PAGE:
Ski touring a logical progression for many who find their in-bounds resort experience leaves them wanting a bit more from their ski days. Ski touring is skiing or splitboarding in the backcountry on unmarked or unpatrolled areas. As with any off-piste expedition, you will need the appropriate education, fitness level, and gear before embarking on your first ski tour.
Before heading out on any out-of-bounds expedition, you absolutely need to take an AIARE Level 1 course to familiarize yourself with how to travel in avalanche terrain. There are a number of courses that combine avalanche education with basic ski touring skill eduction, we recommend taking a course like this for beginners looking to get into ski touring. There is simply no substitute for learning from trained professionals, it may save your life.
Fitness can be one of the biggest perceived barriers to entry to ski touring. Thankfully, ski touring can take the form of anything from a short 1-mile jaunt to multi-day peak bagger. Ski touring is typically done at high altitude, so cardio strength and fitness is the most important factor. We've found that Leg Blasters are the most effective way to get in shape, and stay in shape, for ski touring.
Touring boots have a 'walk mode' which gives the skier a wider range of motion for the uphill portion of the tour. This makes for a far more pleasant touring experience and reduces the awkward motion and fatigue caused by walking in downhill boots.
Touring bindings are lighter than downhill bindings and are built to enable the heel to move freely away from the ski. While there a few different options here, it's important to know that weight and stability play a critical role here. If choose a lighter binding to ease your ascent, chances are that you may pay for it with a less stable downhill experience. However, new binding technology (the Salomon Shift binding, for example) is changing this perception.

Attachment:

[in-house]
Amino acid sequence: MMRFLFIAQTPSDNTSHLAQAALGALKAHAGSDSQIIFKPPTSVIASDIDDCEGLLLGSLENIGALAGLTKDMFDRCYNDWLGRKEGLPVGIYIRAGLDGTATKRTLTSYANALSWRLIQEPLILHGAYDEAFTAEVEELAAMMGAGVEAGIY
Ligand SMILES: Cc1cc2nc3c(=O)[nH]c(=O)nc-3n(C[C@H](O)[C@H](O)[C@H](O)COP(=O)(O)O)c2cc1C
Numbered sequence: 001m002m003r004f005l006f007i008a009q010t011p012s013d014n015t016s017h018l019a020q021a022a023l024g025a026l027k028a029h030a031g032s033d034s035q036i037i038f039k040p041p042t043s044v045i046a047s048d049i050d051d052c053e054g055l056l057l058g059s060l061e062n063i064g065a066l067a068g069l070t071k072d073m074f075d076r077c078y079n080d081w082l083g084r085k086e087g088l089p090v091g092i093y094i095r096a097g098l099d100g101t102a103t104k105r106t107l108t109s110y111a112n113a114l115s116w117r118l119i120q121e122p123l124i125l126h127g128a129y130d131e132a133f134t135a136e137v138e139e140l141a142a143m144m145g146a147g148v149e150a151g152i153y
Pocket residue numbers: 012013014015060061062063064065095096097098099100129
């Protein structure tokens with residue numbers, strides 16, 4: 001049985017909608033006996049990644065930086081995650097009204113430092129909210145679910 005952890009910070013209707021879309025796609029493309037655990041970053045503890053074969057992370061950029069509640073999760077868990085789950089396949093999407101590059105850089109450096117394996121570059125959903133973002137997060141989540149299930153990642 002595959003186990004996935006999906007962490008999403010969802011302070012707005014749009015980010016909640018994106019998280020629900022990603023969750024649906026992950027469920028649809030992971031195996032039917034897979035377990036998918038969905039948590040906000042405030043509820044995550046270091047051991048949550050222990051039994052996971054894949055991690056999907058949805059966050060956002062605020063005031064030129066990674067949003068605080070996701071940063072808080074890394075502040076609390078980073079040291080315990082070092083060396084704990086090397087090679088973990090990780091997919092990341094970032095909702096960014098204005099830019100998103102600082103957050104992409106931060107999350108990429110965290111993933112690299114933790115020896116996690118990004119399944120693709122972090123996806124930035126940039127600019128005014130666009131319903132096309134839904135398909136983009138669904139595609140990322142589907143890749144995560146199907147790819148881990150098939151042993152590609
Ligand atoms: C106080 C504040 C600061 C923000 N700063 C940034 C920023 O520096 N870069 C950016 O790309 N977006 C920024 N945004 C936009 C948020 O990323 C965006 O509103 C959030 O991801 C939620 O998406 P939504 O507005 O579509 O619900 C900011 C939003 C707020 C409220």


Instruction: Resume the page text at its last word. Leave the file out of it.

Skins attach the bottom of skis and splitboards to create a surface on which the ski can grip as you move uphill. Skins keep the skis in place when placing weight on the uphill, and slide as weight is taken off of them.
Touring poles are adjustable, as you will often need to adjust the height of the pole while traversing over steeps or other instances when one side of the hill is significantly higher than the other.
You'll need a functional backpack with a size that is appropriate to the length of your tour. Check out our in depth look at ski backpacks to figure out which style of backpack is the best fit for you.
Shovel, Probe, and Beacon
You'll need all the proper avalanche gear and training for any off piste adventure. This is your most critical group of equipment.
We recommend a transition / photochromatic lens for most ski tour expeditions. It limits the amount of gear you have to carry (one lens does it all) and covers you through any conditions you might encounter.